Northampton Police closed off part of the downtown to vehicular access as crowds spread out into the street. In addition to the local contingent, Planned Parenthood had provided a shuttle for people from Springfield to Northampton, according to Rezwana Huq, communications manager for Planned Parenthood League of Massachusetts.

Bans Off Our Bodies rallies took place all over the country, including in Atlanta, New York, Los Angeles, Washington and Chicago.

“We’re back here again to defend reproductive freedom, but things are much more dire this time,” said Deborah Pastrich-Klemer, a co-organizer of Saturday’s event and a volunteer with Valley Women’s March. “We are taking to the streets today and will continue to do so as long as our rights and reproductive freedoms are under attack.”

Hoisting up a sign that said, “We aren’t ovary-acting,” Molly Sullivan of Williamstown said she attended the rally because it’s “the most important cause there is.” She was joined in Northampton by fellow Williamstown residents Childsy Art and her daughter, Annie Art.

“I have a right to my own body,” said Annie Art.

In Massachusetts, abortions can be performed up until 24 weeks after the last menstrual period. In cases where there is a health risk or risk of death or lethal fetal anomaly, an abortion can be performed at 24 or more weeks.

Abortion rights allies like Tanisha Arena, executive director of Springfield nonprofit Arise for Social Justice, feel that the fight doesn’t end at state lines.

“Even though we’re OK here in progressive Massachusetts … and somebody is not OK in the next state, we are not OK,” said Arena. “And it doesn’t sit well with me that we’re hearing cozy in progressive Massachusetts like ‘we’re fine’ and the rest of the country is on fire … we’re all on fire.”

U.S. Rep. Jim McGovern, D-Worcester, state Sen. Jo Comerford, D-Northampton, and State Rep. Lindsay Sabadosa, D-Northampton, all spoke at the rally, indicating the backing that constituents throughout the state had from their elected representatives.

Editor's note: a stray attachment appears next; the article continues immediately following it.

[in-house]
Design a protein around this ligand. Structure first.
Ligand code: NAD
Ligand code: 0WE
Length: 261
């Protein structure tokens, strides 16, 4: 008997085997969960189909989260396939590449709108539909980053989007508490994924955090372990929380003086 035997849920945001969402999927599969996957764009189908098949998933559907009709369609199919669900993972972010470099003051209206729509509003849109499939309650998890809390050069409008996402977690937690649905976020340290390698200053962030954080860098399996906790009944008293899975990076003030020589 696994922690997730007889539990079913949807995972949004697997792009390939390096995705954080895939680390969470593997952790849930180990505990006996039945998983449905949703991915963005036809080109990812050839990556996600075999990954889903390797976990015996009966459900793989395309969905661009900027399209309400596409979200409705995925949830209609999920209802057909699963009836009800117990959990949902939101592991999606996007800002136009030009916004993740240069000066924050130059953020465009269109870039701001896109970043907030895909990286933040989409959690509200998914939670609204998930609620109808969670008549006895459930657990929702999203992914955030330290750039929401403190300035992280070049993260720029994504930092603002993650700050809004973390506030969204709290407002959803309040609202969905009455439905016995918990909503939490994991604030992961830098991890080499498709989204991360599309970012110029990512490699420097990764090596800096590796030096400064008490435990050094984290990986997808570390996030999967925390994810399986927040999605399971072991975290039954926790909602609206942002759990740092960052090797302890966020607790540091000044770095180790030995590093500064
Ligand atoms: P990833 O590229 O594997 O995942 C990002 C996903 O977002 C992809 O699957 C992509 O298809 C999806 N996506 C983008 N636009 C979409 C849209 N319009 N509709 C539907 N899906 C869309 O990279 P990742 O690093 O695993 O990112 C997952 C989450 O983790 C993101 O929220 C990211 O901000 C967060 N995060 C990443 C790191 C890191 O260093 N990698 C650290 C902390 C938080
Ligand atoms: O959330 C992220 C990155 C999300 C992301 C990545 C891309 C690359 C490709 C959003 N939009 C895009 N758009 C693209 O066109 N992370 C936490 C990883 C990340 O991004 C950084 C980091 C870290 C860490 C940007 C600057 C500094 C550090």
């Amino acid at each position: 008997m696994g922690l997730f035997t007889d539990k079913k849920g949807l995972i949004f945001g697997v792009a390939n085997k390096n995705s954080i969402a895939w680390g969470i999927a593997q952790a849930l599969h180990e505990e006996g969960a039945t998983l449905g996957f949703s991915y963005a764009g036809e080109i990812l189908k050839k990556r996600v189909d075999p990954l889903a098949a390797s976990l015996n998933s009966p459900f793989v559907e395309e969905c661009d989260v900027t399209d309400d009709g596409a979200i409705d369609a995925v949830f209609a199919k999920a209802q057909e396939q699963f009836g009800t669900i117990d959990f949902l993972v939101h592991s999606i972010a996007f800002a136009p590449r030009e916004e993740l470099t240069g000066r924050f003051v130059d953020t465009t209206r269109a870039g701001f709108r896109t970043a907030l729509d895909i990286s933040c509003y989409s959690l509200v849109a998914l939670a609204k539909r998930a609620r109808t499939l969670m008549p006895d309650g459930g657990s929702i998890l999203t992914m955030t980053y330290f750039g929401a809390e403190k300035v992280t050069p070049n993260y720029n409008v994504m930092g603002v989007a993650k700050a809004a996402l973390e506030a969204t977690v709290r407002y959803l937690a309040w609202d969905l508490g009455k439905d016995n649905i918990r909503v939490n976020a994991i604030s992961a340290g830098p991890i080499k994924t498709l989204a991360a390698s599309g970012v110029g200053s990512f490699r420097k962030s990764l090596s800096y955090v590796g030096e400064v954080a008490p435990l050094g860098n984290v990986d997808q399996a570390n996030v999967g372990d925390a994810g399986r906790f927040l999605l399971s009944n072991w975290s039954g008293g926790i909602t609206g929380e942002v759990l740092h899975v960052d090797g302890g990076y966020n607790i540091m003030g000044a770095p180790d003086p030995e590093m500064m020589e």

“I feel that it is important that no American is silent about an attempt to strip away basic human rights,” said McGovern. “Before I’m a member of Congress, I’m a father. And I’m ashamed if we become a country where my daughter may have fewer rights and autonomy over her own body than a previous generation.”

If Roe v. Wade is overturned, abortion will remain legal in Massachusetts.

But advocates believe that the state can still do better.

Comerford noted at the rally that there were efforts being put forward at the state level to protect abortion providers and patients traveling to Massachusetts to avoid legal repercussions in other states.

“We can draw a line in the sand here and say, ‘Not in Massachusetts will a woman lose a right to choose,’ and we can pass legislation like the Roe Act and go further,” she said.

Sabadosa, who co-founded the Pioneer Valley Women’s March, urged rallygoers to pull out their phones and visit massbeyondroe.com. She explained that the website has recommendations for legislative action, budget investments and regulatory solutions that they could help urge lawmakers to adopt.

“Don’t. Give. Up. Because I promise they will pass a federal ban on abortion before you can blink, and that is why we can’t give up,” she said. “You cannot let them win. You cannot let them take away our rights to our own bodies, to our children’s bodies. We owe it to everyone to keep up the fight. We don’t despair. We organize.”

Emily Thurlow can be reached at ethurlow@gazettenet.com.